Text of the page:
My mate over at the Transitionland blog has done a spot-on guide for what to wear for women (and men) in Kabul.
In the Autumn, Winter and Spring, I pretty much wear what I wear in London: skinny jeans, boots, tunic dresses and trenchcoat. But in the hot, sweaty Summer, she’s absolutely right: a shalwar kameez is your best friend.
Now and then, an old, defunct blog of mine receives a comment from spambots. Crafted to fool the blog’s systems into thinking they’re kosher, the automatic selection of words sometimes has a poetic, if surreal beauty to them.
I’m certainly not the first to notice this. The site www.spampoetry.org has been blogging these Zen-like gems for years.
Yesterday’s comment looks like some kind of erotic-Tao lesson:
Out! Gone. And I young lady the, forgo the bus, the old monkey around! Clara Hyummel kicked in anger nor gullible stool. My wickedness, Alya, overlooked! Underestimated. Your cock, it turns, much stronger than I thought. Escaped! Escaped and sealed the portal!
Knew, motherfucker, we kinemsya to repossess him. Has not regretted his forebear’s fetish, only acclimated to us astray pilfer!
Effective devoted, Clara, what do we do now? Moaned aunt Aglaia, his run in his hands.
Huge kitchens, weary traces of unbridled the latest battle sorceress a pair of dusky spots ardent on the walls, to Clara in the heat of thrust on the lightning, unshapely piles of dishes and utensils, swept from their seats, reared in a considerably corner of the whip plate.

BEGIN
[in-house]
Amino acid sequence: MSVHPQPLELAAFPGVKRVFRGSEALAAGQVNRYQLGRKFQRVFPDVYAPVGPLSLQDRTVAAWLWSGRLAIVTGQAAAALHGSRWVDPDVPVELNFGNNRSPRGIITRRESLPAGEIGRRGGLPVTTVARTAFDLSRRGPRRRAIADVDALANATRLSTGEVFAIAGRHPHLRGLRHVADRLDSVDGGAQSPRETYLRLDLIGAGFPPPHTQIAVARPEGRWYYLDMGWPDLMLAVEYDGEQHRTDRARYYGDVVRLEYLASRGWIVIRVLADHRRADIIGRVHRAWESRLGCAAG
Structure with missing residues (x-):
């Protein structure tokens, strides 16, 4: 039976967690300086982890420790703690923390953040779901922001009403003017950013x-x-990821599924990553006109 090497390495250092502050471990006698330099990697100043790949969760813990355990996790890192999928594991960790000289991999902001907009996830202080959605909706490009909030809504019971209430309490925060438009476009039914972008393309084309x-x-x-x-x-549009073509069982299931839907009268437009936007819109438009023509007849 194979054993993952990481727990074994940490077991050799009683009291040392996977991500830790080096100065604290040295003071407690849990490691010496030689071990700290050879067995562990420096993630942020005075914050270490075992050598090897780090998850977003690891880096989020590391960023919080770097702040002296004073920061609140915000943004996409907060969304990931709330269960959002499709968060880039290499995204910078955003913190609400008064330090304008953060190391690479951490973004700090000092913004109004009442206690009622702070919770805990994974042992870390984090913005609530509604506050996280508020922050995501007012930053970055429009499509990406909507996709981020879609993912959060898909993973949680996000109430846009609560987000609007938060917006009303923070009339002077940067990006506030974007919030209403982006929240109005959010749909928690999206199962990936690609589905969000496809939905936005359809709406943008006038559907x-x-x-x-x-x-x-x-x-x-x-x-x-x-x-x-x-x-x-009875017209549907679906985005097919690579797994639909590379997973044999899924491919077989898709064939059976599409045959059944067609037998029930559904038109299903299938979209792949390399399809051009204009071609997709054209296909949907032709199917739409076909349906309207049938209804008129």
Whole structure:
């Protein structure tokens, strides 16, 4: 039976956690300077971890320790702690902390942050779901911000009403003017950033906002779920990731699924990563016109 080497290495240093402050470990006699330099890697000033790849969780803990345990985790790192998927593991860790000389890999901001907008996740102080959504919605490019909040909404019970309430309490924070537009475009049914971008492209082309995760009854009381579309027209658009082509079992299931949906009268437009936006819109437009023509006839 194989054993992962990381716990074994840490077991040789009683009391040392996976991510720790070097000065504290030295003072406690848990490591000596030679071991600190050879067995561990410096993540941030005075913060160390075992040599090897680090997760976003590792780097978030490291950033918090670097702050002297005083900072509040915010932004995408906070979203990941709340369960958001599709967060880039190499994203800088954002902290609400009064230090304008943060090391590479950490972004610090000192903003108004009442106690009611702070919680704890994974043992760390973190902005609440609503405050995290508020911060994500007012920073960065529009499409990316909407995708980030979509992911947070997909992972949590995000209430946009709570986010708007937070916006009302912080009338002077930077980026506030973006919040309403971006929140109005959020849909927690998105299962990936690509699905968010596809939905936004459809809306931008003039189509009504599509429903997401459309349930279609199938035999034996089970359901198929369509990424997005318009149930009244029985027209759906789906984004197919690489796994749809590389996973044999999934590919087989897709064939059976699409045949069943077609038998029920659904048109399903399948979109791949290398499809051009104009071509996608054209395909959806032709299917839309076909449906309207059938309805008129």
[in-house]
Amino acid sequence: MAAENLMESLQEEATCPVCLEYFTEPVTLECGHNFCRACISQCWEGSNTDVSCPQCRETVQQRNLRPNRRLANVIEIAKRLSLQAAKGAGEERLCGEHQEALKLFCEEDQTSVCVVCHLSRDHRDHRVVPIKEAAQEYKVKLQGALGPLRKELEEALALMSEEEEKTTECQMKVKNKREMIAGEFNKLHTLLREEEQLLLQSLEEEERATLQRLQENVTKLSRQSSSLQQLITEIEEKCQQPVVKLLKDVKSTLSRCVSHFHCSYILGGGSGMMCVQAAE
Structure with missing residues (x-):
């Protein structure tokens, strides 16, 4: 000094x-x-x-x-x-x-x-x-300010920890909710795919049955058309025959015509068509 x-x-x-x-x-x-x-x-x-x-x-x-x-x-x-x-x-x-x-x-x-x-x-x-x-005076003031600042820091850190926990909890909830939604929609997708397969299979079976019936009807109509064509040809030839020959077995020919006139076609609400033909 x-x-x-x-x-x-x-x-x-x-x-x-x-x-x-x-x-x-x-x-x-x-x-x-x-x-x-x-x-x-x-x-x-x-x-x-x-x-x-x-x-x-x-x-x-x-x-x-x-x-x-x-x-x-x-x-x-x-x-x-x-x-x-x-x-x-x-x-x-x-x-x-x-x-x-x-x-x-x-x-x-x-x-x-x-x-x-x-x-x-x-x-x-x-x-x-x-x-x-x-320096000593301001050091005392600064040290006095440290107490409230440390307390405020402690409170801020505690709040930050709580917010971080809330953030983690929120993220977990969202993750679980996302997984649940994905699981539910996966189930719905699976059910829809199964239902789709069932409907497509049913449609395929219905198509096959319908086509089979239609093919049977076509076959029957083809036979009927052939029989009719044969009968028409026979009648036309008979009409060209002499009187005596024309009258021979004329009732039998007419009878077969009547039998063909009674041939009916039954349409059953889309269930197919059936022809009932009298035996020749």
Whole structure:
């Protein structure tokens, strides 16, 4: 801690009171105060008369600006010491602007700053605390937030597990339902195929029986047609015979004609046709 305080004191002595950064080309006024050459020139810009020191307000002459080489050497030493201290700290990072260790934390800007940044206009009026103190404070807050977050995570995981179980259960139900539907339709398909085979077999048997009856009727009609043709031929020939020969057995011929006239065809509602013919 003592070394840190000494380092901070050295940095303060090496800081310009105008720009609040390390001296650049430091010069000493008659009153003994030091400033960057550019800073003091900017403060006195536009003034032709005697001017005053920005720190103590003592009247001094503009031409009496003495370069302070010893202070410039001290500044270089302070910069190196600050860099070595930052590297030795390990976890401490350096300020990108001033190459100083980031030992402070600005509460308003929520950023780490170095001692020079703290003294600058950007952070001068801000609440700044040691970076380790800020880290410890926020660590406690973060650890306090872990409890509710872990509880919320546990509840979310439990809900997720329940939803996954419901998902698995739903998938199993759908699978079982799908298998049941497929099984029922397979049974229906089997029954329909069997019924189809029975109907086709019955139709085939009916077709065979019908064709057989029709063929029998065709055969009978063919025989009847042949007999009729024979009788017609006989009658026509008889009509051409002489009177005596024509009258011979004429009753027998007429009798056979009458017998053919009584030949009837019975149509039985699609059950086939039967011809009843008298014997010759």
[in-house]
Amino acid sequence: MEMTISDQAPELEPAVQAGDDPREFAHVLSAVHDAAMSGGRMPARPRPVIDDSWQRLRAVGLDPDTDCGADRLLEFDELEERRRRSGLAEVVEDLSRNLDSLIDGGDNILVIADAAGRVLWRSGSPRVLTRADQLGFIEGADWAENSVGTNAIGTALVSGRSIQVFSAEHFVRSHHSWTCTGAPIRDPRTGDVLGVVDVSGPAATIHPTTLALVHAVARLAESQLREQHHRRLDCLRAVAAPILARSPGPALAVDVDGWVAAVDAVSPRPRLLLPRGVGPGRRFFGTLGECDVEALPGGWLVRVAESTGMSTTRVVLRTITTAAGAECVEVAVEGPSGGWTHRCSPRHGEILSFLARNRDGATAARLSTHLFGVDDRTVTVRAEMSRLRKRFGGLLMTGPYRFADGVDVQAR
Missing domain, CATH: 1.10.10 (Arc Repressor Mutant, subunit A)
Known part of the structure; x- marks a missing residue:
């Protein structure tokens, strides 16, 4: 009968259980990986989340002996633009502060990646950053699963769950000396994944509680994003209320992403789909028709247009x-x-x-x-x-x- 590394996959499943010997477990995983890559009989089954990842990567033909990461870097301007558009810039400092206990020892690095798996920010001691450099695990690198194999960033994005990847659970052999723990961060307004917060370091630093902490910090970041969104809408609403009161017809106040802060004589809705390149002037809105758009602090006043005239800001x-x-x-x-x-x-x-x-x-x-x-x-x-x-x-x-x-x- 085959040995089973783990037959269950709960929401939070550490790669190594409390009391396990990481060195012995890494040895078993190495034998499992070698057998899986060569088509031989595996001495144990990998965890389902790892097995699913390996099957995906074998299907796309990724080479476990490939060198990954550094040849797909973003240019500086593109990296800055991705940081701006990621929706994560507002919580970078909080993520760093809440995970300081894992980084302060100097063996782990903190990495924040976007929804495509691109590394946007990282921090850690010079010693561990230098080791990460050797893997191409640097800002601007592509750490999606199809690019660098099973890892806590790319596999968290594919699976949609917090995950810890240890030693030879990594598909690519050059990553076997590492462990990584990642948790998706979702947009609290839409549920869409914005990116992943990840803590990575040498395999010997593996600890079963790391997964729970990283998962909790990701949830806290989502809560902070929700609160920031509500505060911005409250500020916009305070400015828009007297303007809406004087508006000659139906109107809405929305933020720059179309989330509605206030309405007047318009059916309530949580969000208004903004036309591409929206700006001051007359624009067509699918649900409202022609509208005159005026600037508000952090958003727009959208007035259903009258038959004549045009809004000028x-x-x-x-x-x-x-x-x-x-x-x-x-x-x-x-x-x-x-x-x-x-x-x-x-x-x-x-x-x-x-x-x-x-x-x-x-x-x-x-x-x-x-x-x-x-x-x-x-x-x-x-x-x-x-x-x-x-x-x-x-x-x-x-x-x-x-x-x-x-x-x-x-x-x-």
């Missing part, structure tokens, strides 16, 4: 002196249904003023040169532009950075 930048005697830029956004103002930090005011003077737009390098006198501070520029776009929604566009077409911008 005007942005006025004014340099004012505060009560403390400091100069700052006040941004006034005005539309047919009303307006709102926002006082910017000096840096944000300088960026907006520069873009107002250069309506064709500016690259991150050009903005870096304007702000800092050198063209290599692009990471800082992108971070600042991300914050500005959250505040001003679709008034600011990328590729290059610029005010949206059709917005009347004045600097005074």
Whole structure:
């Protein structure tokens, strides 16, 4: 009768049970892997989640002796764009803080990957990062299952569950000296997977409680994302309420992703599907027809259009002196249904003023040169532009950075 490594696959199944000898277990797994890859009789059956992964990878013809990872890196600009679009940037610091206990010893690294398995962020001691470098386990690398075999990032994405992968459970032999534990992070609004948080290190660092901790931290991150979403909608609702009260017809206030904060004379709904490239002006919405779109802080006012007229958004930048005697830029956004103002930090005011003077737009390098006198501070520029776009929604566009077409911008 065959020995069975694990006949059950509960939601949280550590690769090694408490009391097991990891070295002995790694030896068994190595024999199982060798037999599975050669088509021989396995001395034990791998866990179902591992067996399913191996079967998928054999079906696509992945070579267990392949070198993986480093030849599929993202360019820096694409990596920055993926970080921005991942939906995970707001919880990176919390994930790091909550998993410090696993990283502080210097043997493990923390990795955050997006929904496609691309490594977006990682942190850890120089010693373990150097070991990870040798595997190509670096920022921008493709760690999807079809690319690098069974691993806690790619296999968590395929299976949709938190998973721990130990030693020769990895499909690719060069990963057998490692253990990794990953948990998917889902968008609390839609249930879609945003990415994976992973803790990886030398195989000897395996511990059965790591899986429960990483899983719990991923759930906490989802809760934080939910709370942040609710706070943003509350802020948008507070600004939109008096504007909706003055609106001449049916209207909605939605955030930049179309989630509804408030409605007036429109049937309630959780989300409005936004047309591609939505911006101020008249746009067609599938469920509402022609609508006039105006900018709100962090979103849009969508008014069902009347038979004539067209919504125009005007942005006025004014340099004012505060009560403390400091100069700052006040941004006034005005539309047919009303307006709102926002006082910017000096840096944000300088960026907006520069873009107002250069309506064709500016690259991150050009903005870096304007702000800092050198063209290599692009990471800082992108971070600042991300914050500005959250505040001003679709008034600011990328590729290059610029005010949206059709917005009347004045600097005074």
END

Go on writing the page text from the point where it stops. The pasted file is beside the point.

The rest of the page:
On the ceiling crackers tossing some material it does not decamp, not a spider the make an estimate of of a cat, and his passing, Clara had created, and then some time sighting try fireballs.
What to do now? - Clara buhnulas in a stilted chair, with his leather-covered elk legs on the fare and began to squeeze up. - Do nothing, Alya.
He was presumably already in Meline. And there he finds himself. Archmage.
When attacks happen in Kabul, this is always the line that gets to me. For many, the fact that yesterday’s attack on a supermarket in Wazir Akbar Khan killed a number of foreigners is its most chilling aspect. It’s not for us to judge this harshly - people connect with what they know and the ex-pat community is a small, close-knit world.
For others, the targeting of civilians, whether foreign or Afghan is what makes this attack in a heavily-guarded, affluent part of town so disturbing.
For some, who believe the Taliban justification that the head of Blackwater/Xe was the target (there is no indication any Blackwater employee was there), it’s another infuriating example of foreign presence putting Afghans in danger.
I can see the truth and the reason behind all of these viewpoints. But it’s that line…’including one child’ that tears me up the most.
Finest has a few branches in Kabul but the targeted one I hardly ever visit, although it’s the closest to my work geographically. It has a cash machine, that foreigners often use and stocks a variety of imported foods - Italian cheese, British conserves and American snacks, making it an attractive destination for foreigners with Fridays off, while most Afghans are at prayer.